The procedure for single-unit recording has been described in detail elsewhere (Kamigaki et al., 2009). The activity of single neurons was recorded extracellularly from the lateral surfaces of PPC, including area 7a and the dorsal prelunate area (DP) (Stoet & Snyder, 2004; Lewis & Van Essen, 2000) (right and left hemispheres in Monkey W and Monkey G, respectively), with a glass-insulated Elgiloy microelectrode (∼1 MΩ at 1 kHz). The microelectrode was advanced through the intact dura mater into the cortex using a hydraulic micromanipulator (MO-95C, Narishige, Tokyo, Japan). Recording sites were localized using structural magnetic resonance (MR) images [obtained using a 4.7-T MRI scanner (Biospec 47/40, Bruker) for Monkey W and a 1.5-T MRI scanner (Hitachi Medical, Tokyo, Japan) for Monkey G].

Data Analysis

We analyzed neuronal activity around the choice period, that is, −500 msec to 400 msec from the choice period onset, which we termed the “execution” period. Accordingly, the neuronal activity during this period was called “execution activity.” The start time of the analysis window, that is, −500 msec from the choice period onset, corresponded to the onset of sample stimulus presentation. The end time of the analysis window, that is, 400 msec from the choice period onset, approximately corresponded to the minimal response time of both monkeys, so that the choice stimulus was almost always presented until this time. The execution activity was analyzed using a two-way ANOVA (p < .05) with the factor dimension (color or shape), upon which the monkeys' response was based, and the factor trial type (shift or nonshift trial). Except for the inevitable-error trials, only correct trials were analyzed. We used only those neurons that were tested in at least three trials for each combination of dimension and trial type factors. A neuron with a significant main effect of trial type was defined as a “shift-related” (SR) neuron because this type of neuron showed the activity modulated depending on whether set shifting was performed (i.e., shift trial) or not (nonshift trial). Of the SR neurons, those neurons that had larger activity in the shift trial than in the nonshift trial were called “increase-type” neurons, whereas those neurons that had smaller activity in the shift trial were called “decrease-type” neurons.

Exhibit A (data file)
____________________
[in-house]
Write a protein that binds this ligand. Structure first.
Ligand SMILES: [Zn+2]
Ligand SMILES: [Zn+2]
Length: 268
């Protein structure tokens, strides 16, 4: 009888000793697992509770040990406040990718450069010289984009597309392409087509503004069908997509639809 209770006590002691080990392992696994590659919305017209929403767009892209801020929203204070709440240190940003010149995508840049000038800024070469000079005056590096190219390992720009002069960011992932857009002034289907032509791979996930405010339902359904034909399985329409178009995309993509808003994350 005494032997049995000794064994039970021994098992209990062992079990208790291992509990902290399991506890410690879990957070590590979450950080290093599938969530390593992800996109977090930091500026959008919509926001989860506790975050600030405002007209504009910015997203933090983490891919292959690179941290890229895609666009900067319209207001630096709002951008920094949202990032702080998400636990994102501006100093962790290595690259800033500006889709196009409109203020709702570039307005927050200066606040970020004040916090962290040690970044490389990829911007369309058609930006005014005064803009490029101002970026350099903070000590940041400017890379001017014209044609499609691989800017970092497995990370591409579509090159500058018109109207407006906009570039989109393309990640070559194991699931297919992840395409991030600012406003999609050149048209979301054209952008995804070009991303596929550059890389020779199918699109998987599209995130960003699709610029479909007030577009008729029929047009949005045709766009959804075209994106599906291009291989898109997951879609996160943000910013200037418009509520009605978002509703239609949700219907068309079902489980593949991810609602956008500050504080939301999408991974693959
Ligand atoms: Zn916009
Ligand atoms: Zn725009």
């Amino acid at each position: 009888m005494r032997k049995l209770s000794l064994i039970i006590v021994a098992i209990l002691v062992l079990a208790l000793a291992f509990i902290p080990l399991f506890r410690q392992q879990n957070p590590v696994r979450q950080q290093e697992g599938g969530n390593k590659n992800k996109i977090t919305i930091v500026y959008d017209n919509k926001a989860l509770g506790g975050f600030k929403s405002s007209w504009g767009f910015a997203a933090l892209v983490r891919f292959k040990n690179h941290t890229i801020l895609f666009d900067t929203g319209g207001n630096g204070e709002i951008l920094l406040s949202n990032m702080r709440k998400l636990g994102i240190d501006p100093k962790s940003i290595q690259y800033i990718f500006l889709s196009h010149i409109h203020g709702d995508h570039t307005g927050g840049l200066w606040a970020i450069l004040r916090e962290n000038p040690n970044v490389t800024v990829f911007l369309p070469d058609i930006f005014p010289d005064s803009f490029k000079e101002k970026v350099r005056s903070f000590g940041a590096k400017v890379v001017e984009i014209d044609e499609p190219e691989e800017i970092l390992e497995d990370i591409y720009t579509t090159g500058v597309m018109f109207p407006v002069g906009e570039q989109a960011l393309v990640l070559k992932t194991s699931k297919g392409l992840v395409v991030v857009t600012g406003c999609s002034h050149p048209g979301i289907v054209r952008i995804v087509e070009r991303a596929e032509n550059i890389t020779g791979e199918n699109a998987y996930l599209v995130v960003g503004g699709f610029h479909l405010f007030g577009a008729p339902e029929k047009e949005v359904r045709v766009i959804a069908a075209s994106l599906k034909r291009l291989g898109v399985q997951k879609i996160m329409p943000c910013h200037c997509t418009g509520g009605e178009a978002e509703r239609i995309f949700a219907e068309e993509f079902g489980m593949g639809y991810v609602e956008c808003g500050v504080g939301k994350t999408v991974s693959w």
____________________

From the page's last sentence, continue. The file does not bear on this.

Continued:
In Figures 3D, 4D, 5B, and 6B, we separately analyzed neuronal activity during the two periods in the execution period, that is, the sample period (500 msec time window preceding the choice period onset) and the choice period (400 msec time window following the choice period onset), which we called “sample activity” and “choice activity,” respectively. We also analyzed the activity of SR neurons during the preparatory period (we used a time window, 1000–2500 msec from the onset of the period), which we called “preparatory activity” (Figures 3,456). There was no overlap between the preparatory and execution periods. For each neuron, spike trains were convoluted with a Gaussian kernel (σ = 50 msec) and averaged across trials to obtain spike density functions (SDFs). For ensemble SDFs, the individual SDFs of each neuron were normalized using its maximum firing rate during the execution period. We tested whether the population activity was affected by the trial positions relative to the shift trial using one-way ANOVA with a trial position factor (shift trial, or first to third trials after the shift trial) (Figures 5 and 6). If a main effect was significant (p < .05), post hoc comparisons were conducted using Fisher's least-significant difference test.